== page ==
In Sept. 2014, Fr. Hemmerele was indicted on three counts of sexual abuse and six counts of sodomy involving a child. He has now been charged with nine counts of sexual crimes against children.
Fr. Hemmerele worked at four Louisville institutions: two parishes (St. John's and St. Raphael the Archangel), a school (Trinity High) and an orphanage (St. Thomas-St. Vincent Home). He also worked at Holy Cross parish in Loretto, St. Francis of Assisi parish in St. Francis, Basilica of St. Joseph Proto-Cathedral in Bardstown and Camp Tall Trees at Otto Creek Park in Meade County.
He was ordained for the Louisville archdiocese in 1967. A photo of him, and his full work history and other information, is available at BishopAccountability.org
“These alleged internal church investigations often exonerate priests who are later civilly sued or criminally charged with child sex crimes,” said Clohessy. “Some of them go on to hurt kids after they’ve been supposedly ‘cleared’ by a committee of Catholics and their clerical colleagues. It’s very upsetting and irresponsible.”
“Ironically, if there's one prelate in the US who should get this right, it's Louisville Archbishop Joseph Kurtz,” said Dorris. “For several years now, he's been the head of the US Conference of Catholic Bishops. His archdiocese has faced more than 250 abuse and cover up lawsuits and has at least 63 proven, admitted and credibly accused child molesting clerics. But Kurtz and his staff put back on the job a priest who's now been arrested and has had 12 or 13 more years to assault kids.”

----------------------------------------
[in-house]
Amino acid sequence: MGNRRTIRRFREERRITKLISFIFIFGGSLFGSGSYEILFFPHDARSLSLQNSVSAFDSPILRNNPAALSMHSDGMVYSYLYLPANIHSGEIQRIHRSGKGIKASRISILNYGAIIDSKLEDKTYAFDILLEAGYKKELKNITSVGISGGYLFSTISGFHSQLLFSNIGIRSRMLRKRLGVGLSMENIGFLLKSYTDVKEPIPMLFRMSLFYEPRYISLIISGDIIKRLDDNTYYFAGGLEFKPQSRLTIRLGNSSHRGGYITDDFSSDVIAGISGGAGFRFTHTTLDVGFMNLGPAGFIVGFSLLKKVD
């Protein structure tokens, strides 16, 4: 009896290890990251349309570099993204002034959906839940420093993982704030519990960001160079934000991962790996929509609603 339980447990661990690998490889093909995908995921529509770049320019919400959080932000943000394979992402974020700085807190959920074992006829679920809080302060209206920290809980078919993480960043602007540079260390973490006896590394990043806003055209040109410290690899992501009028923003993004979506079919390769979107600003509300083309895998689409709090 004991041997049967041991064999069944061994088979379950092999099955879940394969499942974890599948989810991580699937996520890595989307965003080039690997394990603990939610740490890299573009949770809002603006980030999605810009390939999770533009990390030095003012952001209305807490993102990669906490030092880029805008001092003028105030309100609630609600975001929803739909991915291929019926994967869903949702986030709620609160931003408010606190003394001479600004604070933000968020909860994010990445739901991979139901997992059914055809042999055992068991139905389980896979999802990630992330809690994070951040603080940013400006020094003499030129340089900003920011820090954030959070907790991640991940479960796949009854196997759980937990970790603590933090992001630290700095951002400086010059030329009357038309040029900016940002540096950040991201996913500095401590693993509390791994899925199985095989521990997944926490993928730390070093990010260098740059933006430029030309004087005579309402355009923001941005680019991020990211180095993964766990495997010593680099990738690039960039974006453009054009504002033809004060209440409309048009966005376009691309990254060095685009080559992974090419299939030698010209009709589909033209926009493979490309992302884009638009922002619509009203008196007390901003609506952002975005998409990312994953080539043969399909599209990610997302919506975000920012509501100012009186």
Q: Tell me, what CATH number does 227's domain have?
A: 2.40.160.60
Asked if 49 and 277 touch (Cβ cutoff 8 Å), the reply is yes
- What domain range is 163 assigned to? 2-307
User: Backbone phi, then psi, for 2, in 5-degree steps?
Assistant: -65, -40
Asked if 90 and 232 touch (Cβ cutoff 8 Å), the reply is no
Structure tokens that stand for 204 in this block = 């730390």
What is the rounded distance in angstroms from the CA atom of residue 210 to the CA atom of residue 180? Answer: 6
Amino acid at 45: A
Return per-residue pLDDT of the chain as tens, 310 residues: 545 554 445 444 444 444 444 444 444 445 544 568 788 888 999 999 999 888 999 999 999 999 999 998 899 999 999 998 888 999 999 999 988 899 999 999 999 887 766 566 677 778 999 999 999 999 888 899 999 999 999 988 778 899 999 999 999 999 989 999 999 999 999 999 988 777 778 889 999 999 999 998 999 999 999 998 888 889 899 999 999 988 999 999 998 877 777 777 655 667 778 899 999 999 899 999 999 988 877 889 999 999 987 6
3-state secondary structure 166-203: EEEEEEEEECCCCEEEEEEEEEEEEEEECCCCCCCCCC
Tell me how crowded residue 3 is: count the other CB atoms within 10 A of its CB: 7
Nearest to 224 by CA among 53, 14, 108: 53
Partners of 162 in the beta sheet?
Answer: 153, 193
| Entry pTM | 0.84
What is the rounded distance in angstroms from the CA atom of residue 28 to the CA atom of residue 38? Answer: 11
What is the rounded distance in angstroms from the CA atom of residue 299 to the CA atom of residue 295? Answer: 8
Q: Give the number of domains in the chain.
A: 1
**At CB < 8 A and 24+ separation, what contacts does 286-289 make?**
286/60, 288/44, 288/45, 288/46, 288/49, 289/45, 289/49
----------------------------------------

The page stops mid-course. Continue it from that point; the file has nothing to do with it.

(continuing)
“We hope every single person who saw, suspected or suffered clergy sexual abuse, by Fr. Hemmerle or any other official will find the courage to come forward, report to police, help others and start healing,” Dorris emphasized. “As this case clearly shows, when victims come forward they give courage to others who have been suffering in silence and self-blame.”
NOTE – Fr. Hemmerle worked at five locations in Louisville. Three were parishes - St. John’s, St. Bartholomew, St. Raphael the Archangel parish – and two were not: St. Thomas-St. Vincent Home and Trinity High School. He worked at three churches in smaller towns: Basilica of St. Joseph Proto-Cathedral in Bardstown, Holy Cross in Loretto and St. Francis of Assisi in St. Francis. From 1971-2001, Fr. Hemmerle worked at Camp Tall Trees in Meade County.
50 State AG Call for Grand Jury
Any investigation must be:
- independent of and separate from the church
- must have subpoena powers and ability to compel testimony under oath
Anything short of these criteria is a sham and whitewash.
In addition, write letters to the editor, make phone calls to politicians as they can apply pressure to keep them responsive to our demand. We need to make efforts to ensure that they follow up on what the state is doing to investigate these crimes.
The Attorneys General of forty states have inquired about the grand jury process in Pennsylvania. Let's get statewide investigations going in fifty states.
Note to Letter Writers
Use your own words and style of writing. Cut and paste from the templates as you wish. Include your experiences, whether as a survivor or as a member of the community. And relate your letter to the state you were abused in or state now living in.